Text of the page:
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Man tells harrowing story of how he and his teenage daughters survived being buried by an avalanche

By Kevin Byrne, AccuWeather staff writer
April 29, 2019, 10:28:33 AM EDT


It was shortly after 6 a.m. on the morning of March 12 when Justin Casey awoke to a text message from a friend.

Casey had returned to his rural Lake City, Colorado, home late the previous night after being away for several days. Seeing what time it was, he realized he had some additional time to rest before heading into work. But before he could fall back to sleep, he heard a loud bang and felt his entire house shake.

After a brief pause, his bedroom exploded, and he was enveloped by a barrage of snow mixed with debris. His house had been demolished by an avalanche.

Suddenly Casey, who had responded to several other avalanches and mudslides over the course of his career as Hinsdale County Sheriff, had to scramble for survival as well as rescue his two daughters, Sara and Kristy.

sheriff casey

Justin Casey (Photo/Hinsdale County Sheriff)


It was dark and heavy snow was falling. Casey said he remembers swimming through the snow before it became more of a crawl as the snow slowed down. Eventually he found himself face down in the snow. As he managed to get to his feet and steady himself, he looked around to survey the scene, only to find his house and barn had been destroyed.

“I looked around to see if I could find any sign of movement,” Casey told AccuWeather in an interview. “I had the realization that my girls were probably buried in the avalanche and then I noticed that both my personal truck and my patrol vehicle were still in the place where I parked them the night before. So I went there to try to get into a vehicle and put out a radio call for help.”

While first responders raced to the scene, Casey, 39, found his own emergency gear in his patrol vehicle and started searching the area, calling for his daughters. While he had been at the scene of other avalanches, Casey said he never had to dig someone out before.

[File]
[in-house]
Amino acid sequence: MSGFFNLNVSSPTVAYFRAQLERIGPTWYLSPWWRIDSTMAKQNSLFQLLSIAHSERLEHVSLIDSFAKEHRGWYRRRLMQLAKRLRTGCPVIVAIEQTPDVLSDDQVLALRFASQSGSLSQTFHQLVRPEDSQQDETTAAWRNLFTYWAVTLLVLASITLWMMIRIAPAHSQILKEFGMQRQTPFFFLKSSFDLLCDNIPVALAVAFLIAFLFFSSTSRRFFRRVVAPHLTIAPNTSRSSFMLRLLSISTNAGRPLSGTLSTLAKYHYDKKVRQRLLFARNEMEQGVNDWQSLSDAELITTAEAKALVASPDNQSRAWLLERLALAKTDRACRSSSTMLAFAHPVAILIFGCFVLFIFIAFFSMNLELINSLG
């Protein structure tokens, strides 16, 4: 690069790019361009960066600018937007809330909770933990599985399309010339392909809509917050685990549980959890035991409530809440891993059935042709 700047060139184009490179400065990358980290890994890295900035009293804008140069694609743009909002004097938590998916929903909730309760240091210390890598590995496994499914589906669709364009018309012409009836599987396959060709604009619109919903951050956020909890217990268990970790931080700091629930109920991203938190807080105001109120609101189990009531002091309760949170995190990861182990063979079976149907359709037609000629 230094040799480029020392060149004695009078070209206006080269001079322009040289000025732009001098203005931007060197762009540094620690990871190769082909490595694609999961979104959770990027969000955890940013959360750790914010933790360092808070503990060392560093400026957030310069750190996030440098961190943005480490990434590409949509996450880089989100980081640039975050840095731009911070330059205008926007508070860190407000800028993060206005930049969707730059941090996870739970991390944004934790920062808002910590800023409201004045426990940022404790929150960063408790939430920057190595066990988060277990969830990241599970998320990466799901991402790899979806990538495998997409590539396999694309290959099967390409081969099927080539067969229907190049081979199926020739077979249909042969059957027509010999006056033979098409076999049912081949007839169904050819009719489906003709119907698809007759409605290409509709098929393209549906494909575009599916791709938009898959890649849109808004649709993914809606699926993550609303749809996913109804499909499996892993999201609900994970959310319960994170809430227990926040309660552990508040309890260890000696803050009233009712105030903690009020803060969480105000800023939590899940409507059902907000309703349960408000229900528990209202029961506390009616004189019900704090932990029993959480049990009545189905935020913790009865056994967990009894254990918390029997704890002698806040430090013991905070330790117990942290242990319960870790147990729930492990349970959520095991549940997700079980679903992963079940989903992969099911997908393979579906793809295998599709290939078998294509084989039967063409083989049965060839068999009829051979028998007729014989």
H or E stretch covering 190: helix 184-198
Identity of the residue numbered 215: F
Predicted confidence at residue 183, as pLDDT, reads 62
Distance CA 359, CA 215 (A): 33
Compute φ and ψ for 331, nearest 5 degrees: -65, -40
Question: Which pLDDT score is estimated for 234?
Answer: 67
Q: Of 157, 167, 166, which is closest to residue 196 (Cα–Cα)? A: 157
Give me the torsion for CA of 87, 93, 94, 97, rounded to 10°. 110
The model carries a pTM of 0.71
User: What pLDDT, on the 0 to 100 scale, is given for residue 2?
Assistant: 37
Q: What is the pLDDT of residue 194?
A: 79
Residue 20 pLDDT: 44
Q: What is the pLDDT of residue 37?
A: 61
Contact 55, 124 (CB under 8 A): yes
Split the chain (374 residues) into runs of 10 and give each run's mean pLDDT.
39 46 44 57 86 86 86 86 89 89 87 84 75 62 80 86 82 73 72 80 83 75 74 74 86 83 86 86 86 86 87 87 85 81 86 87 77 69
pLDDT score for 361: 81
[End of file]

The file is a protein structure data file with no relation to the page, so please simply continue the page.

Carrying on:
(Photo/Justin Casey)

The Casey family. From left, Kristy, Sara and Justin.

(Photo/Justin Casey)

The Casey family house in Lake City, Colorado.

(Photo/Justin Casey)

The avalanche destroyed the family's home.

(Photo/Justin Casey)

All the vehicles on the property were also destroyed.

(Photo/Justin Casey)


As he walked over the ground where his house had been, his oldest daughter, Sara, 17, experienced an unusual sensation: She felt her father walking over top of her and began yelling for help. She had been trapped under a piece of flooring and entrenched in 3 feet of snow.

By the time Sara had been dug out, the emergency responders arrived and began rescuing Kristy, 15, who was also stuck under debris and several feet of snow.

More than a month after they lost their home, Casey and his daughters are telling their story and say they're doing well physically. Justin says it’s miraculous that none of them suffered any broken bones.

Both his daughters were treated for cuts and lacerations suffered to their heads and faces and exposure to the elements after being stuck in the snow. Casey said he sprained an ankle while also suffering a mild case of frostbite.

However, life remains uncertain for them with the loss of their home. As they try to get their lives back on track, the small but tight-knit community of Lake City has rallied to their aid.

A GoFundMe was created to help raise money for the family. Others have opened their homes to the Caseys, offering a place to stay, while also donating clothes, meals and even vehicles. All four vehicles at their property were also totaled in the avalanche.

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“There’s a gentleman who helped out by replacing my daughter’s car because her car was also totaled in the avalanche,” Casey said. "[The community] has been incredibly supportive, incredibly helpful."

Occasionally, Casey and others in the community will return to his property to see if any items can be salvaged from the rubble, but many items from their home remain encased in ice.

"The snow is starting to melt out, but because of how hard packed that snow is from the avalanche and because of insulation and debris, the sun can’t really melt that out," he said. "Occasionally we find some things on the top of the surface when we go out there, but most of the things we find are still frozen in hard-packed snow and ice."

His house, which stood at an elevation of 9,500 feet in the high country of the San Juan Mountains, was not considered to be in an avalanche zone, but it was close to a historic avalanche chute. The house also sat on a south-facing slope, which gets a lot of sun exposure. However, the volume of heavy snow the area was bombarded with this year was enough to trigger an avalanche, Casey said.

Casey has been able to return to his role as sheriff and expressed gratitude for his colleagues.

“Thankfully I have an incredible staff who has been helping out and covering in my absence,” he said.

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